Increasing government investment in conventional and green transit bus systems would create high-quality manufacturing jobs, especially in states with double-digit unemployment rates - California, Indiana, Michigan and Ohio - while significantly cutting auto-related global warming pollution, according to a new report, "Public Transit Buses: A Green Choice Gets Greener."
The study is timely because Congress is debating renewal of the federal transportation bill, which provides funds to help local bus systems purchase equipment. The current transportation bill expired in September, but was extended until later this month, and is expected to be extended longer as Congress continues developing the renewed bill.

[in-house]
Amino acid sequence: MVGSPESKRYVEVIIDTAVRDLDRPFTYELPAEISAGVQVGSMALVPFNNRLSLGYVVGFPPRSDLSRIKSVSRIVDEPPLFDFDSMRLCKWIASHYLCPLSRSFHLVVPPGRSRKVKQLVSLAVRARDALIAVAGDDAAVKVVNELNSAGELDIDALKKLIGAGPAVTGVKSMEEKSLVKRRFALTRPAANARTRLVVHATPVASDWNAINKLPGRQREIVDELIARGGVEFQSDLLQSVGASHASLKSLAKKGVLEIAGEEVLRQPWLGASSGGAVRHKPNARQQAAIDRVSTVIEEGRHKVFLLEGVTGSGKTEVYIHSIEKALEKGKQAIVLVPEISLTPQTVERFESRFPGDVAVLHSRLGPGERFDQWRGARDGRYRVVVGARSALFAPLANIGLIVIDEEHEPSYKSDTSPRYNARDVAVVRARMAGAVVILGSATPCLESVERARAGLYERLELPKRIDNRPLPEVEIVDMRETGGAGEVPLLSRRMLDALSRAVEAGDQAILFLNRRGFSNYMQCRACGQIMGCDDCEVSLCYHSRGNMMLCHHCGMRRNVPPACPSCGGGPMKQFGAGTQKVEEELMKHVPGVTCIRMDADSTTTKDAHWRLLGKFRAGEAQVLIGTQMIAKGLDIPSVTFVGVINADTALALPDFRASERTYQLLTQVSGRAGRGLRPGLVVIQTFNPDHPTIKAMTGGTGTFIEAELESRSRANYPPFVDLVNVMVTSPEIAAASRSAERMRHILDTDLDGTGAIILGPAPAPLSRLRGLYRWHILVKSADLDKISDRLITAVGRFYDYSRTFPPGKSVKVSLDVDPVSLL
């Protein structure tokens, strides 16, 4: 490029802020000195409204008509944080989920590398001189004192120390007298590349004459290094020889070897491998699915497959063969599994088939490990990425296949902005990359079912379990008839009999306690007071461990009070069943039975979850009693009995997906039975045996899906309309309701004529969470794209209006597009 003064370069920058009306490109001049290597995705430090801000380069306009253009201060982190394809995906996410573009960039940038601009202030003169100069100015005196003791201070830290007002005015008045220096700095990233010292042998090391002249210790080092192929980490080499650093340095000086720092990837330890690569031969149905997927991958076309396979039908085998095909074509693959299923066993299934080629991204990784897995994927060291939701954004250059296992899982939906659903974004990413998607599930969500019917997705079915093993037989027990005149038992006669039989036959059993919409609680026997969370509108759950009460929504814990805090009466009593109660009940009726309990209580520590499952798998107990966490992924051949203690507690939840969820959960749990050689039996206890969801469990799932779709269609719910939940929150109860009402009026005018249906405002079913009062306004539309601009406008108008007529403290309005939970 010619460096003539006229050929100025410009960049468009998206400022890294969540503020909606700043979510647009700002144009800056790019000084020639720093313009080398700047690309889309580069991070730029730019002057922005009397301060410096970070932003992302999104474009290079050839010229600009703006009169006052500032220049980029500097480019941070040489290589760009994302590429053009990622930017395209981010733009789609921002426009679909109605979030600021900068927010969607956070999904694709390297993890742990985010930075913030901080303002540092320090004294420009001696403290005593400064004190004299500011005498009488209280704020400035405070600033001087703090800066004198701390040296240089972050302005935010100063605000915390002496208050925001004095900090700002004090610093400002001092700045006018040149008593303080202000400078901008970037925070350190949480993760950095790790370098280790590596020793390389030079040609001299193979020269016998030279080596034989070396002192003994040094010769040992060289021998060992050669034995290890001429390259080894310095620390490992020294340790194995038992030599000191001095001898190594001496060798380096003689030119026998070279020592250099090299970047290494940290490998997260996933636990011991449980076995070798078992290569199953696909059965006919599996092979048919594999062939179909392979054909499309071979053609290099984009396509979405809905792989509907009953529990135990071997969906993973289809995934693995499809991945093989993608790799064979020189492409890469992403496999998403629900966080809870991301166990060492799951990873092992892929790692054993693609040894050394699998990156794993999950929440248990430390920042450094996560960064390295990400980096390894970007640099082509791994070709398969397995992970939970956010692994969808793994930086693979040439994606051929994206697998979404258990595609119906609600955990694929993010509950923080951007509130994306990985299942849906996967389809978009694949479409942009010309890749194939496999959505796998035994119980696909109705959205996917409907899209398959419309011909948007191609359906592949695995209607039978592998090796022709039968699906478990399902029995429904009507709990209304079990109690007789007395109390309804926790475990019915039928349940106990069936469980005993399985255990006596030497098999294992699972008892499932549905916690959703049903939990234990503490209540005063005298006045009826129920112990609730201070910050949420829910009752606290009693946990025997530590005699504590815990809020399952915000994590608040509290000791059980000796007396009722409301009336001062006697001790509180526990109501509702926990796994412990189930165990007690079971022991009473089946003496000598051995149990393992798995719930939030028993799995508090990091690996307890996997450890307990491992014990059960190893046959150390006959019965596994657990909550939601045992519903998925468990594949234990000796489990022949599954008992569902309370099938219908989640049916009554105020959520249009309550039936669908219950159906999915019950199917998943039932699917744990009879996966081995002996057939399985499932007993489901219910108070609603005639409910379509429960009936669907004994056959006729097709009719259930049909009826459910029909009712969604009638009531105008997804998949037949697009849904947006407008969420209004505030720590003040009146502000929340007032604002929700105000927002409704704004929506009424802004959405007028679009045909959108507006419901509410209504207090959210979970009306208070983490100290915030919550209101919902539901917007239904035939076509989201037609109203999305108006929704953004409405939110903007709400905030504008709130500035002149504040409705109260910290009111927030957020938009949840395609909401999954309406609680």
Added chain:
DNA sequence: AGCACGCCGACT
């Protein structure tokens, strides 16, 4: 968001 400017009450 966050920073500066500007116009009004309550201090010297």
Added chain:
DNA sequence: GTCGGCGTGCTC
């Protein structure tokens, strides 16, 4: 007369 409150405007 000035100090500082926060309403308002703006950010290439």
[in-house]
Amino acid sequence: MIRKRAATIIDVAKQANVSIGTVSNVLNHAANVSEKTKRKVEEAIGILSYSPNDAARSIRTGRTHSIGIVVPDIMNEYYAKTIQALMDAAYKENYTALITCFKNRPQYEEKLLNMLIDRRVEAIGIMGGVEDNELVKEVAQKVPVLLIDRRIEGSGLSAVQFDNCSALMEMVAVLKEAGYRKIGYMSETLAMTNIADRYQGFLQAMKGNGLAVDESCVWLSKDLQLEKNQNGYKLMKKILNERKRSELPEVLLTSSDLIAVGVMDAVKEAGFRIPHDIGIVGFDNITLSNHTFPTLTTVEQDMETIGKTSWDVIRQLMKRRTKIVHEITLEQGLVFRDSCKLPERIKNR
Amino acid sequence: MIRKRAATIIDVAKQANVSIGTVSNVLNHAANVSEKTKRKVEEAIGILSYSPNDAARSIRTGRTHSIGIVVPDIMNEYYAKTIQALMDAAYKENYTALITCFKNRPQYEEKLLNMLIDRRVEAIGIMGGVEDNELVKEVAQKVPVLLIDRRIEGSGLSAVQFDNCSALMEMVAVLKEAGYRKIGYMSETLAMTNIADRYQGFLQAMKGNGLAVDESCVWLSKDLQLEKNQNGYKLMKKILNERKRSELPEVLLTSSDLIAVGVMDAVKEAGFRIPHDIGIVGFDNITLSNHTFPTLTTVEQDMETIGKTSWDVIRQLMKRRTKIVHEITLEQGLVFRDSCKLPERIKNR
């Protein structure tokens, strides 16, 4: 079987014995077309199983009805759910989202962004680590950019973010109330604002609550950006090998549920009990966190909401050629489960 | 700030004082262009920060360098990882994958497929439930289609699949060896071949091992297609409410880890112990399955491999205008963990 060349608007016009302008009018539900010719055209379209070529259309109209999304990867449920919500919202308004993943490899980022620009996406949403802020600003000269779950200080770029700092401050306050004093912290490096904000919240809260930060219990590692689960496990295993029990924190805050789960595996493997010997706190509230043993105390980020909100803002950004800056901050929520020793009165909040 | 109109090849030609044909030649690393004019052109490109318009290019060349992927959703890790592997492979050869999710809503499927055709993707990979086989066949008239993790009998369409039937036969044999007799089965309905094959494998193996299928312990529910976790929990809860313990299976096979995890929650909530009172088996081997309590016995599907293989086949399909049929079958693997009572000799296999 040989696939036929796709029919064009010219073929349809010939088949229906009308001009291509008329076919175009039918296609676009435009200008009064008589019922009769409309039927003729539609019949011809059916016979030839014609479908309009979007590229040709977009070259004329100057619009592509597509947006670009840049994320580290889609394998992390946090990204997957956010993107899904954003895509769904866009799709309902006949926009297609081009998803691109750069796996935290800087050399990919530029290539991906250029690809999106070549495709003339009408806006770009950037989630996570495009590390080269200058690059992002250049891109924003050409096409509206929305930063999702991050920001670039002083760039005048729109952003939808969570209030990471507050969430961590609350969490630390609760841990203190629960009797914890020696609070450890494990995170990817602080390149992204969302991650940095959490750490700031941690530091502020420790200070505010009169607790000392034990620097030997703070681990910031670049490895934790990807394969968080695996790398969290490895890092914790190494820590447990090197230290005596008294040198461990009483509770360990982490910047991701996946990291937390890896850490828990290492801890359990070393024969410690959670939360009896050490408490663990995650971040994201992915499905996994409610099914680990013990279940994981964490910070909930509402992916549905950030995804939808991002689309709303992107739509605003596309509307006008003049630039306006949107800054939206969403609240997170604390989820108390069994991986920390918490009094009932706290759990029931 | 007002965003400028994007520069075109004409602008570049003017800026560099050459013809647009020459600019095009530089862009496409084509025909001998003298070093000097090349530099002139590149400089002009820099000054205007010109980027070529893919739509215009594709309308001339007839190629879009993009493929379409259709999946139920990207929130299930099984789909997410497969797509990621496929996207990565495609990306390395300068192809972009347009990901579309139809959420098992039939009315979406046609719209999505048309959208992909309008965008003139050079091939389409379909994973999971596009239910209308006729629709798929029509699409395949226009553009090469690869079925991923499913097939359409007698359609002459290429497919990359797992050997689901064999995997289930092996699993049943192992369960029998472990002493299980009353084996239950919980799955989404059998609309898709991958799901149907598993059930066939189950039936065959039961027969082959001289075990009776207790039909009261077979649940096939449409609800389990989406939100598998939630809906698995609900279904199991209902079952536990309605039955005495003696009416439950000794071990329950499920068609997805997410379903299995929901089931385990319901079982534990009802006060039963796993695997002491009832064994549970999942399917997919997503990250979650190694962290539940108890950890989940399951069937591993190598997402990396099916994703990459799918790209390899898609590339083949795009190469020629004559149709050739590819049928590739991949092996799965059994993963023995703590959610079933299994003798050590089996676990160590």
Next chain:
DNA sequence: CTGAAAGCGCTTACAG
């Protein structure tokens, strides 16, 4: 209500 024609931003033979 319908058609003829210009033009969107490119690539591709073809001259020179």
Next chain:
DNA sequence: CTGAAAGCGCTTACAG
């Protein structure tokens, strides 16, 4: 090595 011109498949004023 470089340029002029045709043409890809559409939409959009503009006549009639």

Current U.S. transportation policy favors highway spending and deemphasizes public transit, so bus orders are small and sporadic, making it difficult for the bus industry to grow, according to the study. "If federal, state, and local policy were to shift to a clear, sustained commitment to public transit, the nation would have the manufacturing capability to meet the resulting increased demand for transit buses," the study concludes.
"Public Transit Buses: A Green Choice Gets Greener," is the 12th installment of the series, "Manufacturing Climate Solutions: Carbon-Reducing Technologies and U.S. Jobs," prepared by researchers at the Duke University Center on Globalization, Governance & Competitiveness and sponsored by Environmental Defense Fund.
To read the study, click here.